Conclusion Top


This case demonstrates that myelopathy is an infrequently reported complication of bacterial meningitis in adults that can occur due to vasculitis, infarction, autoimmune myelopathy, or direct infection of the spinal cord. The aim of presenting this case is to consider this complication in patients with meningitis who develop the symptoms of acute cord dysfunction.

Declaration of patient consent

The authors certify that they have obtained all appropriate patient consent forms. In the form the patient(s) has/have given his/her/their consent for his/her/their images and other clinical information to be reported in the journal. The patients understand that their names and initials will not be published and due efforts will be made to conceal their identity, but anonymity cannot be guaranteed.

Financial support and sponsorship

Nil.

Conflicts of interest

There are no conflicts of interest.

 
  References Top

1.
Khan J, Altafullah I, Ishaq M. Spinal cord dysfunction complicating meningococcal meningitis. Postgrad Med J 1990;66:302-3.  Back to cited text no. 1
    
2.
Tal Y, Crichton JU, Dunn HG, Dolman CL. Spinal cord damage: A rare complication of purulent meningitis. Acta Paediatr Scand 1980;69:471-4.  Back to cited text no. 2
    
3.
Pfister HW, Feiden W, Einhäupl KM. Spectrum of complications during bacterial meningitis in adults. Results of a prospective clinical study. Arch Neurol 1993;50:575-81.  Back to cited text no. 3
    
4.
Seay AR. Spinal cord dysfunction complicating bacterial meningitis. Arch Neurol 1984;41:545-6.  Back to cited text no. 4
    
5.
Kastenbauer S, Winkler F, Fesl G, Schiel X, Ostermann H, Yousry TA, et al. Acute severe spinal cord dysfunction in bacterial meningitis in adults: MRI findings suggest extensive myelitis. Arch Neurol 2001;58:806-10.  Back to cited text no. 5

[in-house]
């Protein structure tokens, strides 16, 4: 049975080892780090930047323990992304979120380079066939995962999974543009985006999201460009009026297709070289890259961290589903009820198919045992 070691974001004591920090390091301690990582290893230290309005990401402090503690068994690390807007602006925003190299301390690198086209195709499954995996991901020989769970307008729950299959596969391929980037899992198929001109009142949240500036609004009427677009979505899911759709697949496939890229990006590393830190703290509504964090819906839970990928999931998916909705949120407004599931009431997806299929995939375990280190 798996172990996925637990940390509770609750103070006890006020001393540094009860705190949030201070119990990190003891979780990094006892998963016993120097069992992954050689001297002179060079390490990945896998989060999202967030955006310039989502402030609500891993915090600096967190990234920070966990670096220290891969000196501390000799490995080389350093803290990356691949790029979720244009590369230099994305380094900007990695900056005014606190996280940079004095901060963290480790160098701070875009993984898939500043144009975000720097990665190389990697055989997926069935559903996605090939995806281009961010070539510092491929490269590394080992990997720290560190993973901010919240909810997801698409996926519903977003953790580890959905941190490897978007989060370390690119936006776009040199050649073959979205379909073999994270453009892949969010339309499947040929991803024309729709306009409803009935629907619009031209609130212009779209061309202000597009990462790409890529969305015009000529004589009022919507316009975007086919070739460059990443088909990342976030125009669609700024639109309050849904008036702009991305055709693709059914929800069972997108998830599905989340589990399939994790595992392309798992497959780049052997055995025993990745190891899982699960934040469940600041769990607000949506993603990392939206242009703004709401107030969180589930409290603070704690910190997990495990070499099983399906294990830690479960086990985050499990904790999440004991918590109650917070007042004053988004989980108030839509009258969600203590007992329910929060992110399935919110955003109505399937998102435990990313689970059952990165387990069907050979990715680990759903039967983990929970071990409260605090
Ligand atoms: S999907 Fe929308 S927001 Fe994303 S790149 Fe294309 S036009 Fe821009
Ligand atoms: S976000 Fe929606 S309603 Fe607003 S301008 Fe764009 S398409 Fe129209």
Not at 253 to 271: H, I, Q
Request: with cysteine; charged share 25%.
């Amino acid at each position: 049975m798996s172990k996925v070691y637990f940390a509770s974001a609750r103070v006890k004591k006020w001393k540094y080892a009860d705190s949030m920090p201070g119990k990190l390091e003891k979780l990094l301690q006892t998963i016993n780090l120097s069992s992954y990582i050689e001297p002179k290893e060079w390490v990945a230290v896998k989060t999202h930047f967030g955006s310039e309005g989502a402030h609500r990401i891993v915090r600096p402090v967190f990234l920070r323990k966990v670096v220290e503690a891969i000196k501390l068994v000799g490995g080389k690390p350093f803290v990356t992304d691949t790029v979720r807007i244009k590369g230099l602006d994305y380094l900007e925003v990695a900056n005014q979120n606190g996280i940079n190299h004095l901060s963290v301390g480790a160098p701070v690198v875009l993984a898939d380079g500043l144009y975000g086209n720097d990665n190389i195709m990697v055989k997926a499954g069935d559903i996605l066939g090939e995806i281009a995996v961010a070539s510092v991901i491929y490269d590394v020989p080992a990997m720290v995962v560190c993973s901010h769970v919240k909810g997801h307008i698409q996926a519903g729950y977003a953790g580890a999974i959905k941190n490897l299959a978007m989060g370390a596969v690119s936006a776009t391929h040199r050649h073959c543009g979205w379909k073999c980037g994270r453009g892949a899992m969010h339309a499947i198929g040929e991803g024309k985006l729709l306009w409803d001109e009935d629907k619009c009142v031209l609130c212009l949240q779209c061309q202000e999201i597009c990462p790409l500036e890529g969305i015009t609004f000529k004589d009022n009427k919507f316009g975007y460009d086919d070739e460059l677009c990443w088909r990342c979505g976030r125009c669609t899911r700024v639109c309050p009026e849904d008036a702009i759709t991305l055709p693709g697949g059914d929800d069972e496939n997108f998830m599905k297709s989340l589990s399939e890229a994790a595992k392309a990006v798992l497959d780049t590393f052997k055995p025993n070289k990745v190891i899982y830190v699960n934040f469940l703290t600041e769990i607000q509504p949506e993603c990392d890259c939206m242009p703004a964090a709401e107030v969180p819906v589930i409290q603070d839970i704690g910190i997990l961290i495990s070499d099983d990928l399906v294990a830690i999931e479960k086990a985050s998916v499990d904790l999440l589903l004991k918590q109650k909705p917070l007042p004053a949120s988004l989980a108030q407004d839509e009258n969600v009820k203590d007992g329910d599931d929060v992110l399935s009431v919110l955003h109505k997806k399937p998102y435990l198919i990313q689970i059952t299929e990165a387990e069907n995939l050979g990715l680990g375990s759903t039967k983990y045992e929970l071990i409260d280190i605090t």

6.
Transverse Myelitis Consortium Working Group. Proposed diagnostic criteria and nosology of acute transverse myelitis. Neurology 2002;59:499-505.  Back to cited text no. 6
    
7.
Kaplin AI, Krishnan C, Deshpande DM, Pardo CA, Kerr DA. Diagnosis and management of acute myelopathies. Neurologist 2005;11:2-18.  Back to cited text no. 7
    
8.
Christensen PB, Wermuth L, Hinge HH, Bømers K. Clinical course and long-term prognosis of acute transverse myelopathy. Acta Neurol Scand 1990;81:431-5.  Back to cited text no. 8
    
9.
Pidcock FS, Krishnan C, Crawford TO, Salorio CF, Trovato M, Kerr DA, et al. Acute transverse myelitis in childhood: Center-based analysis of 47 cases. Neurology 2007;68:1474-80.  Back to cited text no. 9
    
10.
Defresne P, Hollenberg H, Husson B, Tabarki B, Landrieu P, Huault G, et al. Acute transverse myelitis in children: Clinical course and prognostic factors. J Child Neurol 2003;18:401-6.  Back to cited text no. 10